Chronic Forward Head Posture

Forward head posture can cause a variety of problems including neck pain, mid back pain, and leaning forward while walking, which puts you on your toes, and causing more problems from there.

What can Neuromuscular Therapy do? The body is one unit and treating any one part of the body without looking at the system as a whole would be an ineffective strategy.

So evaluating the whole-body posture with particular attention to the hips, shoulder and head position, the hyoid bone, and TM joint function ability is done before treatment begins.

Treating muscular imbalances and compensatory patterns, elimination of trigger point (a taunt band of muscle fibers, causing chemical and electrical imbalance and blockage) activity in the muscles of the neck, and even of the lumbosacral region and lower limbs, may be critical for complete lasting relief of myofascial pain and dysfunction.

To learn how an effective comprehensive individualized treatment plan applying integrative proven techniques can end pain and improve you health.

Treatment is aimed at eliminating the precipitating factors to affect symmetrical balance of hip, shoulders and head positioning.

Picture before and after of actual client after treatment

Chronicforwardhead

How can you tell if you have forward head posture or not? You cannot begin to correct posture problems if you don’t know whether or not you have them. What’s the best way to find out?

Although back aches, headaches etc. are often a tell tale sign, not everyone with incorrect posture has soreness or stiffness – YET!

You can make a posture assessment by standing sideways in front of a mirror. Stand in a typical position, as though you are having a conversation with someone. Don’t cheat! How do you look?

The following are common traits:

  • Sub-occipital pain syndromes
  • Mouth breathing (sleep apnea)
  • Difficulty swallowing
  • Teeth clenching
  • Face & neck pain
  • Migraine headaches
  • Uncoordinated gait and loss of body balance

It’s like trying to hold a bowling ball

When the head is held in front of the body instead of directly over the shoulders, physics dictates that it will effectively seemforwardheadposture “heavier” due to increased leverage. It is like trying to hold a bowling ball out in front of you all day- your arm would tire very quickly! When you have chronic forward head posture, the muscles of the neck and shoulders have to work overtime just to keep your head up.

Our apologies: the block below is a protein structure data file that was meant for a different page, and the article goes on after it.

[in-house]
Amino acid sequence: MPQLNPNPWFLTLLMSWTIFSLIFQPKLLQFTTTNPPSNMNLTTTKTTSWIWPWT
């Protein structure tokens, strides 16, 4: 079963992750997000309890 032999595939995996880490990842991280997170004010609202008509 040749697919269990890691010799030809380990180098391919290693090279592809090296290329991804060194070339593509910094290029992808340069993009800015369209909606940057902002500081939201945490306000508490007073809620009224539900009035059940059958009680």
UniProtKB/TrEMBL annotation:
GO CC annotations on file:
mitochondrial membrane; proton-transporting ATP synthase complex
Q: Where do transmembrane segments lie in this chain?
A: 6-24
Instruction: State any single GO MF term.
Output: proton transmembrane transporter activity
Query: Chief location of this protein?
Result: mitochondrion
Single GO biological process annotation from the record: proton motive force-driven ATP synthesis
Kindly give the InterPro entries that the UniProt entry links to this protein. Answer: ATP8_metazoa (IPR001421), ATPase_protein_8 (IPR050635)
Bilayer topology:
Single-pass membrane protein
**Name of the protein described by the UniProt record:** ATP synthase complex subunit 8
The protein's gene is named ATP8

“For every inch of Forward Head Posture, it can increase the weight of the head on the spine by an additional 10 pounds.” -Kapandji, Physiology of Joints, Vol. 3

This often leads to trigger points (knots) in the muscles and restriction in the vertebral joints, which then cause neck pain and headaches. This slouched posture also puts the shoulders in a less-than-ideal position and can lead to shoulder tendinitis and thoracic outlet syndrome (numbness and tingling in the arms/hands).

In the January, 2004 issue of the American Journal of Pain Management reported on the relationship of poor posture and chronic pain conditions including low back pain, neck related headaches, and stress-related illnesses. “The extra pressure imposed on the neck from poor posture flattens the normal cervical curve resulting in abnormal strain on muscles, ligaments, fascia and bones.”

Research presented at the 31st Annual International Conference of the IEEE EMBS Minneapolis, Minnesota, USA, (2009) stated; “Over time poor posture results in pain, muscle aches, tension and headache and can lead to long term complications such as osteoarthritis. Forward head carriage may promote accelerated aging of intervertebral joints resulting in degenerative joint disease.”.

It appears posture impacts and modulates all bodily functions from breathing to hormonal production. Spinal pain, headache, mood, blood pressure, pulse and lung capacity are among the many conditions influenced by faulty posture.

Any deviation of normal head and neck movement alters precise firing order patterns causing the prime mover muscles to be slow to activate. Substitution patterns develop as synergistic stabilizing muscles are recruited to do the job of the prime mover.